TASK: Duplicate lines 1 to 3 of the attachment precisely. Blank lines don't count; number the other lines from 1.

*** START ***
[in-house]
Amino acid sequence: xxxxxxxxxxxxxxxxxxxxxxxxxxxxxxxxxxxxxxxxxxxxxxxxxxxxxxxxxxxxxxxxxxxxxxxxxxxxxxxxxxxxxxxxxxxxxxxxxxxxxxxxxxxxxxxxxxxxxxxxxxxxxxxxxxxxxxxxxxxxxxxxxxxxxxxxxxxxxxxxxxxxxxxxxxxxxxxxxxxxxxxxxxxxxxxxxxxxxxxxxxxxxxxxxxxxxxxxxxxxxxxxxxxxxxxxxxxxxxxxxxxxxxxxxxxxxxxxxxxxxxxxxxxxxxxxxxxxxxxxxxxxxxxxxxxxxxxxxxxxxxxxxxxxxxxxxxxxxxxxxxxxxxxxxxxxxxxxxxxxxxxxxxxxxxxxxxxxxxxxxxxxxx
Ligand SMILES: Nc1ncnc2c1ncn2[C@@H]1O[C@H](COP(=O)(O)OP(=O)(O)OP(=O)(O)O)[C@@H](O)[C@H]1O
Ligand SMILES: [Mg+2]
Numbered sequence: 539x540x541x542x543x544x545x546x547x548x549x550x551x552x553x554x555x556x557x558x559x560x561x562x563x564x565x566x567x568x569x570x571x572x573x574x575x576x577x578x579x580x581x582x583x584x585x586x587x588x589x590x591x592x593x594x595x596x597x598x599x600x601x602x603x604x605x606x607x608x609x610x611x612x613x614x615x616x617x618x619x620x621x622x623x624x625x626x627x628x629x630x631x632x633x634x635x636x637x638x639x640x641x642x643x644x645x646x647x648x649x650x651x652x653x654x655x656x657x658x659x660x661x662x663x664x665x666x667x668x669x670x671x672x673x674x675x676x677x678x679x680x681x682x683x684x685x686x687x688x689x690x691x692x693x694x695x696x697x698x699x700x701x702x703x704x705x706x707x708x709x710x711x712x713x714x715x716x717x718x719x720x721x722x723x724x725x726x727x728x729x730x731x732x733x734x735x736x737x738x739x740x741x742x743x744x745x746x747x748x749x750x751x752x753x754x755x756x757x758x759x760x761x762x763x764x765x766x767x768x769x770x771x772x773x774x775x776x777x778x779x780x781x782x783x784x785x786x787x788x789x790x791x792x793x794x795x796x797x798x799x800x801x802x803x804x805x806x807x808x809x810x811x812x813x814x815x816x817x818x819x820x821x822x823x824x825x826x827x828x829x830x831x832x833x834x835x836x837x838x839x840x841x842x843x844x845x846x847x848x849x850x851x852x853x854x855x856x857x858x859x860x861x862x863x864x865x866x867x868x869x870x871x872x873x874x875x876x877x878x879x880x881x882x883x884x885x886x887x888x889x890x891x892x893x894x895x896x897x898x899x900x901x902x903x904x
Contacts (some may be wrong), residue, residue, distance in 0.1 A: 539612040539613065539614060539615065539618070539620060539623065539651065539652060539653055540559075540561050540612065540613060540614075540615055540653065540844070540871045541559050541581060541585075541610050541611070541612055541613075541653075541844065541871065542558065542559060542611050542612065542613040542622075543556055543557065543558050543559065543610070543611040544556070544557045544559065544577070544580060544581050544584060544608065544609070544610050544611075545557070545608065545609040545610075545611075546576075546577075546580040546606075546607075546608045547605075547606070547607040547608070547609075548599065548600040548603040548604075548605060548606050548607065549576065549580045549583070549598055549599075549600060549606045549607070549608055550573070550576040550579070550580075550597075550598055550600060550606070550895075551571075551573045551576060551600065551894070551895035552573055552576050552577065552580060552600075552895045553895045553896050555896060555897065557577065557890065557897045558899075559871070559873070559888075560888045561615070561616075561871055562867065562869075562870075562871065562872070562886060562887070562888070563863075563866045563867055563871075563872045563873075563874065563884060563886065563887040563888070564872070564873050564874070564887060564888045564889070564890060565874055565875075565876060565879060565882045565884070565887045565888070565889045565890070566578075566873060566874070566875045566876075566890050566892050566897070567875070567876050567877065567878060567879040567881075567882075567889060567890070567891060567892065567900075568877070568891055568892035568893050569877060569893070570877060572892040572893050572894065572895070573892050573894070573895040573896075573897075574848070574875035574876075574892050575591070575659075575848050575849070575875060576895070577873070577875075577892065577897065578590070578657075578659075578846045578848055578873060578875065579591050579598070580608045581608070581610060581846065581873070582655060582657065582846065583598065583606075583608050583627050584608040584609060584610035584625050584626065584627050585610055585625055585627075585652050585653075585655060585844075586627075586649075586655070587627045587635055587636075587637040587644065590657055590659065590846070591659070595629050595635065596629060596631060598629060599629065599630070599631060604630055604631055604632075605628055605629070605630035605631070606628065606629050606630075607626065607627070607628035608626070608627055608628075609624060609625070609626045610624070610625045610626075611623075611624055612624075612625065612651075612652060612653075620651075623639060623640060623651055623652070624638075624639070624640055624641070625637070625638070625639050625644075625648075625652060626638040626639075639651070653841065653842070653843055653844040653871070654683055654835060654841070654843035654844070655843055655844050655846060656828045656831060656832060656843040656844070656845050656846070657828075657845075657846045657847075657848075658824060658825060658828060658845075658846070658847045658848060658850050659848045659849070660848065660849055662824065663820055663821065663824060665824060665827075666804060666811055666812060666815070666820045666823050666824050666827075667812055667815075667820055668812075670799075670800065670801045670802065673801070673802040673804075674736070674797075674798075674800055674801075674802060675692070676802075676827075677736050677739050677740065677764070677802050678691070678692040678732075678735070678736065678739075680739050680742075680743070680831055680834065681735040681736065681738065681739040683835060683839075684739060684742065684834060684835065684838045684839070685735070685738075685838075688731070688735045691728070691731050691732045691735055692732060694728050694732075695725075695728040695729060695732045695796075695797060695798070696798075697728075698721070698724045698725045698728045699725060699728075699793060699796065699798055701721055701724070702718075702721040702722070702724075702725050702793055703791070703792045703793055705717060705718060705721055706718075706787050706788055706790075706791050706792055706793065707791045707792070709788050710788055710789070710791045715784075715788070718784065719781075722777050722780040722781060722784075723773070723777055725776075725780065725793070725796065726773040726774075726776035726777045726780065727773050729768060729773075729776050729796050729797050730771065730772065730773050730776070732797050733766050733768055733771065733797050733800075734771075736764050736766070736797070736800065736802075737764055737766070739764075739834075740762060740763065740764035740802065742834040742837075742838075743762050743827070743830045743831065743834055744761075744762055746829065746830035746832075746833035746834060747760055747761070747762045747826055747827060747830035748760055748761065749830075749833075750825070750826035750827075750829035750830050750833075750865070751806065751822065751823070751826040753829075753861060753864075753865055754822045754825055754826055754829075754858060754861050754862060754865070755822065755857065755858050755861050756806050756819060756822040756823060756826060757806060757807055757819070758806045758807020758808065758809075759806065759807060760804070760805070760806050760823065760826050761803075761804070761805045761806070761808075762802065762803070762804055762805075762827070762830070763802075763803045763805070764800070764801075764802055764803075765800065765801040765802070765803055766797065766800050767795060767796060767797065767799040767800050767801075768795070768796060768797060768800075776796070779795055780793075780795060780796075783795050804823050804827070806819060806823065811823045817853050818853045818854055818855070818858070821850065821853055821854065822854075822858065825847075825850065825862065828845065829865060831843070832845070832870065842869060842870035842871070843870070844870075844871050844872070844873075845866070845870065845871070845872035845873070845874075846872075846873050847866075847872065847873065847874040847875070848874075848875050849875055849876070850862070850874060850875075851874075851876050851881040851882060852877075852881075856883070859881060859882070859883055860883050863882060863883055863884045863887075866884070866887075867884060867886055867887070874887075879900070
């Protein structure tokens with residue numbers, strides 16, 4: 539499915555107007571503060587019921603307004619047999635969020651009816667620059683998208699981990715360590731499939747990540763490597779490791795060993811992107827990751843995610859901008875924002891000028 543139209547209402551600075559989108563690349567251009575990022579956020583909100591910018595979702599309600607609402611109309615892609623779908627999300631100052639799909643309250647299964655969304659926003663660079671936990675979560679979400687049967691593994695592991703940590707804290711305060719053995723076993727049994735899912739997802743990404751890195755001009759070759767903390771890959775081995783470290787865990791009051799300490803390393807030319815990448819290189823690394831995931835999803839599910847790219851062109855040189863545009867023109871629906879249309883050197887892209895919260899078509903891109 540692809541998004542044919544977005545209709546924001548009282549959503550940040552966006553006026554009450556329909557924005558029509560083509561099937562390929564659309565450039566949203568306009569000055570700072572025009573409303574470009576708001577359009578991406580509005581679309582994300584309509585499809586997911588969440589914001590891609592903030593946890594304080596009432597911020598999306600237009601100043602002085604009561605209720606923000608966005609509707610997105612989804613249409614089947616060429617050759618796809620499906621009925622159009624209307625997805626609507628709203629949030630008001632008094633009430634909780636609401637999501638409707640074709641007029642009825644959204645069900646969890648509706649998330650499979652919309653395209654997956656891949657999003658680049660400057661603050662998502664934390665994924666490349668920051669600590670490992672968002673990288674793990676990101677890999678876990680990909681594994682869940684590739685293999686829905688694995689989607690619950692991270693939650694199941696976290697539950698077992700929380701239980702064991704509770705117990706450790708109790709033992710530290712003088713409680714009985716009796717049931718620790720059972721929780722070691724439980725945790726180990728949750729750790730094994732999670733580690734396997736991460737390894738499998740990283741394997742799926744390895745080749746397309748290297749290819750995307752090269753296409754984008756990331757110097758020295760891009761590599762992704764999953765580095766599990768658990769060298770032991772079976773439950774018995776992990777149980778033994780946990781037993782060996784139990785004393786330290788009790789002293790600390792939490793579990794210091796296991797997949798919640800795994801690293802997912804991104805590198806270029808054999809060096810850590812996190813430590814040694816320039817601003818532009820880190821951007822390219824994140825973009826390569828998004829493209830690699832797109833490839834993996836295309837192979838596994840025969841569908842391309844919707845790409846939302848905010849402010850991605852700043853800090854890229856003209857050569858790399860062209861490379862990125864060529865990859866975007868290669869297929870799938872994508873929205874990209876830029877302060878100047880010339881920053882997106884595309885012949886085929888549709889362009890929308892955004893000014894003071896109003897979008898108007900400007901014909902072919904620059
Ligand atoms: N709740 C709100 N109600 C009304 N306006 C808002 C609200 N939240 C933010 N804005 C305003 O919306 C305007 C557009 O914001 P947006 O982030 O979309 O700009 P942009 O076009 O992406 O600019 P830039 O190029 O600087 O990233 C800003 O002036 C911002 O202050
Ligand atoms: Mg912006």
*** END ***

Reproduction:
[in-house]
Amino acid sequence: xxxxxxxxxxxxxxxxxxxxxxxxxxxxxxxxxxxxxxxxxxxxxxxxxxxxxxxxxxxxxxxxxxxxxxxxxxxxxxxxxxxxxxxxxxxxxxxxxxxxxxxxxxxxxxxxxxxxxxxxxxxxxxxxxxxxxxxxxxxxxxxxxxxxxxxxxxxxxxxxxxxxxxxxxxxxxxxxxxxxxxxxxxxxxxxxxxxxxxxxxxxxxxxxxxxxxxxxxxxxxxxxxxxxxxxxxxxxxxxxxxxxxxxxxxxxxxxxxxxxxxxxxxxxxxxxxxxxxxxxxxxxxxxxxxxxxxxxxxxxxxxxxxxxxxxxxxxxxxxxxxxxxxxxxxxxxxxxxxxxxxxxxxxxxxxxxxxxxxxxxxxxxx
Ligand SMILES: Nc1ncnc2c1ncn2[C@@H]1O[C@H](COP(=O)(O)OP(=O)(O)OP(=O)(O)O)[C@@H](O)[C@H]1O